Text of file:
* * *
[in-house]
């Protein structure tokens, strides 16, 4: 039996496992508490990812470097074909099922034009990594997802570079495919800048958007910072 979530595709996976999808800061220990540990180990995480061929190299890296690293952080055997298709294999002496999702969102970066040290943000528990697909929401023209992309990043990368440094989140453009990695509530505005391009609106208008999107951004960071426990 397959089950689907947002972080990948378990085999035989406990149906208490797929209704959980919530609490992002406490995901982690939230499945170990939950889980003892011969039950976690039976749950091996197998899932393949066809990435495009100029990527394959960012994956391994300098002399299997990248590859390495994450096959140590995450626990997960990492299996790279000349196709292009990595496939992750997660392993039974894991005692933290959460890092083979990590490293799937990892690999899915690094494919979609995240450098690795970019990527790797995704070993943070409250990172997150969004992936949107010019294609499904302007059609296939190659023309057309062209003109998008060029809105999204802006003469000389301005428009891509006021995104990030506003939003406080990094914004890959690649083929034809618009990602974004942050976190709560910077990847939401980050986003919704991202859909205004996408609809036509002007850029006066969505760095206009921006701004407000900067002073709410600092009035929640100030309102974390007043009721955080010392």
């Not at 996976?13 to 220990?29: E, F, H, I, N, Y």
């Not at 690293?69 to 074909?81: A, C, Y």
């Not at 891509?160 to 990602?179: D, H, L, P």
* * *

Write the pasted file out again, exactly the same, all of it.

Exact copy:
[in-house]
């Protein structure tokens, strides 16, 4: 039996496992508490990812470097074909099922034009990594997802570079495919800048958007910072 979530595709996976999808800061220990540990180990995480061929190299890296690293952080055997298709294999002496999702969102970066040290943000528990697909929401023209992309990043990368440094989140453009990695509530505005391009609106208008999107951004960071426990 397959089950689907947002972080990948378990085999035989406990149906208490797929209704959980919530609490992002406490995901982690939230499945170990939950889980003892011969039950976690039976749950091996197998899932393949066809990435495009100029990527394959960012994956391994300098002399299997990248590859390495994450096959140590995450626990997960990492299996790279000349196709292009990595496939992750997660392993039974894991005692933290959460890092083979990590490293799937990892690999899915690094494919979609995240450098690795970019990527790797995704070993943070409250990172997150969004992936949107010019294609499904302007059609296939190659023309057309062209003109998008060029809105999204802006003469000389301005428009891509006021995104990030506003939003406080990094914004890959690649083929034809618009990602974004942050976190709560910077990847939401980050986003919704991202859909205004996408609809036509002007850029006066969505760095206009921006701004407000900067002073709410600092009035929640100030309102974390007043009721955080010392």
């Not at 996976?13 to 220990?29: E, F, H, I, N, Y």
């Not at 690293?69 to 074909?81: A, C, Y």
């Not at 891509?160 to 990602?179: D, H, L, P």